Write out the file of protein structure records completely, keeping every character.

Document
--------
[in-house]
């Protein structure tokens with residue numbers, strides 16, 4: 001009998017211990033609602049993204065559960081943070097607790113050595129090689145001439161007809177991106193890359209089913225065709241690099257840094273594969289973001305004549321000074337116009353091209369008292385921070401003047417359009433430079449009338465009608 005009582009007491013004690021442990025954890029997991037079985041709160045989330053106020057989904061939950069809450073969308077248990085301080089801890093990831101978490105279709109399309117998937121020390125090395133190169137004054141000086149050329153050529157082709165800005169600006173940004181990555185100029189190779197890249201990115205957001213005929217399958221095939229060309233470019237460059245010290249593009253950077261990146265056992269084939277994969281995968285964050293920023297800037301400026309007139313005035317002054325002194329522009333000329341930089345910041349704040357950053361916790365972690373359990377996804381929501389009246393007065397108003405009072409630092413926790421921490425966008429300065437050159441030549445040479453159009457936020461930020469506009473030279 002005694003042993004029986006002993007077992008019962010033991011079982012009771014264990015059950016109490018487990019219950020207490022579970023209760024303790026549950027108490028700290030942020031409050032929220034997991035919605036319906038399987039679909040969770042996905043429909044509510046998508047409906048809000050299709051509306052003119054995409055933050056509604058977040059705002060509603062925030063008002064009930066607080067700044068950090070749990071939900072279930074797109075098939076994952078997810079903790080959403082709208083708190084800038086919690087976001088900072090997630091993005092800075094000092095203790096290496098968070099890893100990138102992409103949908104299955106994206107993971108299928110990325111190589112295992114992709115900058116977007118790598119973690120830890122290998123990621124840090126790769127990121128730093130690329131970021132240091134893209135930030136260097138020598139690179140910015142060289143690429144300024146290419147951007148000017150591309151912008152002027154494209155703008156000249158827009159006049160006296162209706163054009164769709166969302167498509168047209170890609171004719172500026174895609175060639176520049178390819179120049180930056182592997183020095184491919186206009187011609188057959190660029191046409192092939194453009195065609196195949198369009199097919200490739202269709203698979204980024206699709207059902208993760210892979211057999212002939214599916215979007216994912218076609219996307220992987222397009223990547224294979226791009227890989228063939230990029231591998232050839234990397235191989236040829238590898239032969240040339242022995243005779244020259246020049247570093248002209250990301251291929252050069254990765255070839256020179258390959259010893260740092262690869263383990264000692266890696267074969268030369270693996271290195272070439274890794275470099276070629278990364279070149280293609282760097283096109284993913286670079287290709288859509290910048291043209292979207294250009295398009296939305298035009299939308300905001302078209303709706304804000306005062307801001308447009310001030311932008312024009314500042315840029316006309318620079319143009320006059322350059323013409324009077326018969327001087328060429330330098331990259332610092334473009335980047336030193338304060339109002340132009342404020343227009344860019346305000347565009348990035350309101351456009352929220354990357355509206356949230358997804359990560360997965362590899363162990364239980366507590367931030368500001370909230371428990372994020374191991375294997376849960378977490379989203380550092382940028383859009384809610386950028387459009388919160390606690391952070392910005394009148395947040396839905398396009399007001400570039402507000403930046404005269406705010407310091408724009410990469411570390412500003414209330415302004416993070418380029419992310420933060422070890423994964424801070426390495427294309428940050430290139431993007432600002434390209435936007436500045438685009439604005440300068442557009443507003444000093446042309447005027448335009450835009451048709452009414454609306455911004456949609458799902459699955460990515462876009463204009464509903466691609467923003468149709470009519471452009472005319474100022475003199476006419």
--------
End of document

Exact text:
[in-house]
């Protein structure tokens with residue numbers, strides 16, 4: 001009998017211990033609602049993204065559960081943070097607790113050595129090689145001439161007809177991106193890359209089913225065709241690099257840094273594969289973001305004549321000074337116009353091209369008292385921070401003047417359009433430079449009338465009608 005009582009007491013004690021442990025954890029997991037079985041709160045989330053106020057989904061939950069809450073969308077248990085301080089801890093990831101978490105279709109399309117998937121020390125090395133190169137004054141000086149050329153050529157082709165800005169600006173940004181990555185100029189190779197890249201990115205957001213005929217399958221095939229060309233470019237460059245010290249593009253950077261990146265056992269084939277994969281995968285964050293920023297800037301400026309007139313005035317002054325002194329522009333000329341930089345910041349704040357950053361916790365972690373359990377996804381929501389009246393007065397108003405009072409630092413926790421921490425966008429300065437050159441030549445040479453159009457936020461930020469506009473030279 002005694003042993004029986006002993007077992008019962010033991011079982012009771014264990015059950016109490018487990019219950020207490022579970023209760024303790026549950027108490028700290030942020031409050032929220034997991035919605036319906038399987039679909040969770042996905043429909044509510046998508047409906048809000050299709051509306052003119054995409055933050056509604058977040059705002060509603062925030063008002064009930066607080067700044068950090070749990071939900072279930074797109075098939076994952078997810079903790080959403082709208083708190084800038086919690087976001088900072090997630091993005092800075094000092095203790096290496098968070099890893100990138102992409103949908104299955106994206107993971108299928110990325111190589112295992114992709115900058116977007118790598119973690120830890122290998123990621124840090126790769127990121128730093130690329131970021132240091134893209135930030136260097138020598139690179140910015142060289143690429144300024146290419147951007148000017150591309151912008152002027154494209155703008156000249158827009159006049160006296162209706163054009164769709166969302167498509168047209170890609171004719172500026174895609175060639176520049178390819179120049180930056182592997183020095184491919186206009187011609188057959190660029191046409192092939194453009195065609196195949198369009199097919200490739202269709203698979204980024206699709207059902208993760210892979211057999212002939214599916215979007216994912218076609219996307220992987222397009223990547224294979226791009227890989228063939230990029231591998232050839234990397235191989236040829238590898239032969240040339242022995243005779244020259246020049247570093248002209250990301251291929252050069254990765255070839256020179258390959259010893260740092262690869263383990264000692266890696267074969268030369270693996271290195272070439274890794275470099276070629278990364279070149280293609282760097283096109284993913286670079287290709288859509290910048291043209292979207294250009295398009296939305298035009299939308300905001302078209303709706304804000306005062307801001308447009310001030311932008312024009314500042315840029316006309318620079319143009320006059322350059323013409324009077326018969327001087328060429330330098331990259332610092334473009335980047336030193338304060339109002340132009342404020343227009344860019346305000347565009348990035350309101351456009352929220354990357355509206356949230358997804359990560360997965362590899363162990364239980366507590367931030368500001370909230371428990372994020374191991375294997376849960378977490379989203380550092382940028383859009384809610386950028387459009388919160390606690391952070392910005394009148395947040396839905398396009399007001400570039402507000403930046404005269406705010407310091408724009410990469411570390412500003414209330415302004416993070418380029419992310420933060422070890423994964424801070426390495427294309428940050430290139431993007432600002434390209435936007436500045438685009439604005440300068442557009443507003444000093446042309447005027448335009450835009451048709452009414454609306455911004456949609458799902459699955460990515462876009463204009464509903466691609467923003468149709470009519471452009472005319474100022475003199476006419």